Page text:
Art & Design

Enter the Skeleton Garden, 5th And Chestnut

October 11, 2011 | by Nathaniel Popkin

photo: Lauren Drapala

In what is clearly a nod to Charles Willson and Rembrandt Peale’s 1801 mastodon skeleton, once displayed across the street in the Peale Museum, architect Jenny Sabin and the APS Museum have given us “Greenhouse and Cabinet of Future Fossils,” a 52 foot glassless greenhouse for 110 translucent colored mini-greenhouses, urban farming of the future.

The Peale mastodon, dug up in Newburgh, NY, was reassembled in the museum, and offered as a symbol of the greatness of Thomas Jefferson and his Democratic Pary. One night, a dinner was served for 13 guests inside the skeleton, a gesture the Federalist Port Folio mocked:

photo: Lauren Drapala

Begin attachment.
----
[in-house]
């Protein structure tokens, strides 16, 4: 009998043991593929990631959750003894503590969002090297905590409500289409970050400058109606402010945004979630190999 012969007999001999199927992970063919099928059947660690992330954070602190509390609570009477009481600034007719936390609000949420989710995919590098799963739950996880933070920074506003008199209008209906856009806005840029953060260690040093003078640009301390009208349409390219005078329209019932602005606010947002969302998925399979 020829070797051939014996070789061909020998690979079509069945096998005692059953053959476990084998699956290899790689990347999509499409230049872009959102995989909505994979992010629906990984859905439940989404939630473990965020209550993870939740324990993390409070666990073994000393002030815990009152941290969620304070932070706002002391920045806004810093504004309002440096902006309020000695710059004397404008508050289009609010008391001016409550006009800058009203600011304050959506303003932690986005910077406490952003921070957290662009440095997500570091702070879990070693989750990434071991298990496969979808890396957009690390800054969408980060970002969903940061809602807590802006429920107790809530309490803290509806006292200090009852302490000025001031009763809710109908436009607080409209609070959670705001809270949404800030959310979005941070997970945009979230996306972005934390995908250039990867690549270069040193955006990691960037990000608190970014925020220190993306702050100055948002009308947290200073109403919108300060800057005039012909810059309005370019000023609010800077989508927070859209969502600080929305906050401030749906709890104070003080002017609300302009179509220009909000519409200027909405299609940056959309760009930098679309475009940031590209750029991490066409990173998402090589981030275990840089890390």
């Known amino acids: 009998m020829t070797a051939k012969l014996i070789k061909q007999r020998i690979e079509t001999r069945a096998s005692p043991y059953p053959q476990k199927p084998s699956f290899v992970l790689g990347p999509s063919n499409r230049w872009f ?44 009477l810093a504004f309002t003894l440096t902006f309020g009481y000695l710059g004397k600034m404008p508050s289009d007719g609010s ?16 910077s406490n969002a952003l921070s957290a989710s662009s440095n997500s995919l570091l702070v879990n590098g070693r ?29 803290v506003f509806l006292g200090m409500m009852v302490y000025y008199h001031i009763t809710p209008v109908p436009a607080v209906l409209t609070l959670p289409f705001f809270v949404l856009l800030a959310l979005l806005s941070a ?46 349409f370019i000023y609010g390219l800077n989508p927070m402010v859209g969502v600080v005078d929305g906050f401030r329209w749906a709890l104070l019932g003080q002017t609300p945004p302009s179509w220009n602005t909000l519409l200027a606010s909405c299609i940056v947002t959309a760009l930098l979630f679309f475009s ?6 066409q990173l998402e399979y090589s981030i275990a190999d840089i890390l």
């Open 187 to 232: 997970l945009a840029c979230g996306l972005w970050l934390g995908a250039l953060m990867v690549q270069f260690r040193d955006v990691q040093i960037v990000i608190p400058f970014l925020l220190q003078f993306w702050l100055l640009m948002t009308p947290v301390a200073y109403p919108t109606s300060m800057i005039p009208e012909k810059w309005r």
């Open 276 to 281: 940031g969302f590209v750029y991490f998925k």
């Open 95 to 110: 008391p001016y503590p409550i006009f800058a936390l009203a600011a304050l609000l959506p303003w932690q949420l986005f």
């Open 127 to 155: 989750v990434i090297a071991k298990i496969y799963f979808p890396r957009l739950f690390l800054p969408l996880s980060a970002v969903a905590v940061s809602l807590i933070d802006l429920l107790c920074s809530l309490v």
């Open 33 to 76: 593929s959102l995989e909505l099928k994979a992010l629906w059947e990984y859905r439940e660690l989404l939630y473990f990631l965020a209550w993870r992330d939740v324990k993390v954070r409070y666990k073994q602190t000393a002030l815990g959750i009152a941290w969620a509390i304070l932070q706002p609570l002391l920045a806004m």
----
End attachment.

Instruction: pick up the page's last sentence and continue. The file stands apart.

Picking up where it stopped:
In the far famed Museum of Mr. Peale,
Behemoth, biggest born of earth
Upheaves his vastness
And thirteen democratic Virtuosi have decided that
even the dry bones of the Mammoth afford very
little picking.

C.W. Peale, incidentally, was the prototype urban farmer, working at Belfield, in Germantown, where he built his greenhouses himself.


About the Author

Nathaniel Popkin Nathaniel Popkin is co-founder of the Hidden City Daily and author of three books of non-fiction, including Philadelphia: Finding the Hidden City (with Peter Woodall and Joseph E.B. Elliott) and two novels, Everything is Borrowed and Lion and Leopard. He is co-editor of Who Will Speak for America, an anthology forthcoming in June 2018, and the senior writer of the film documentary "Philadelphia: The Great Experiment."

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